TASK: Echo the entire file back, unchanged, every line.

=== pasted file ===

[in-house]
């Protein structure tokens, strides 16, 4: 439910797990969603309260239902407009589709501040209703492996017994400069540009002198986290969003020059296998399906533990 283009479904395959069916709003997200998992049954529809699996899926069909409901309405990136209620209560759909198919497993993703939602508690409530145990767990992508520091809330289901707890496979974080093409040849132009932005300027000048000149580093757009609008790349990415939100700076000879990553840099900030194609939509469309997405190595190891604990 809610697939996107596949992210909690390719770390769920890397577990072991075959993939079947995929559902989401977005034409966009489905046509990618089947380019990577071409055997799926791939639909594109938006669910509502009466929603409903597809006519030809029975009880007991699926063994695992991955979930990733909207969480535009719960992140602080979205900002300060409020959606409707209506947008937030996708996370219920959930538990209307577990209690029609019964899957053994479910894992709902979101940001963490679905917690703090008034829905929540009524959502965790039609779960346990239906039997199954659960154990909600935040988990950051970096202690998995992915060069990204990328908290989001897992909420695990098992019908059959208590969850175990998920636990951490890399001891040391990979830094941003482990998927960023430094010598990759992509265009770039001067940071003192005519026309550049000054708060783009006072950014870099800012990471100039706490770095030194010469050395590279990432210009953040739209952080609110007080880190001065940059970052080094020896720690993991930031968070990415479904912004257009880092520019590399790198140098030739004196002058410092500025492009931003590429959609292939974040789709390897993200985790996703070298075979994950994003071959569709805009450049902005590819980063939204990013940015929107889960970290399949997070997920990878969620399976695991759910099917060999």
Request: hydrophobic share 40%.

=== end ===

[in-house]
């Protein structure tokens, strides 16, 4: 439910797990969603309260239902407009589709501040209703492996017994400069540009002198986290969003020059296998399906533990 283009479904395959069916709003997200998992049954529809699996899926069909409901309405990136209620209560759909198919497993993703939602508690409530145990767990992508520091809330289901707890496979974080093409040849132009932005300027000048000149580093757009609008790349990415939100700076000879990553840099900030194609939509469309997405190595190891604990 809610697939996107596949992210909690390719770390769920890397577990072991075959993939079947995929559902989401977005034409966009489905046509990618089947380019990577071409055997799926791939639909594109938006669910509502009466929603409903597809006519030809029975009880007991699926063994695992991955979930990733909207969480535009719960992140602080979205900002300060409020959606409707209506947008937030996708996370219920959930538990209307577990209690029609019964899957053994479910894992709902979101940001963490679905917690703090008034829905929540009524959502965790039609779960346990239906039997199954659960154990909600935040988990950051970096202690998995992915060069990204990328908290989001897992909420695990098992019908059959208590969850175990998920636990951490890399001891040391990979830094941003482990998927960023430094010598990759992509265009770039001067940071003192005519026309550049000054708060783009006072950014870099800012990471100039706490770095030194010469050395590279990432210009953040739209952080609110007080880190001065940059970052080094020896720690993991930031968070990415479904912004257009880092520019590399790198140098030739004196002058410092500025492009931003590429959609292939974040789709390897993200985790996703070298075979994950994003071959569709805009450049902005590819980063939204990013940015929107889960970290399949997070997920990878969620399976695991759910099917060999």
Request: hydrophobic share 40%.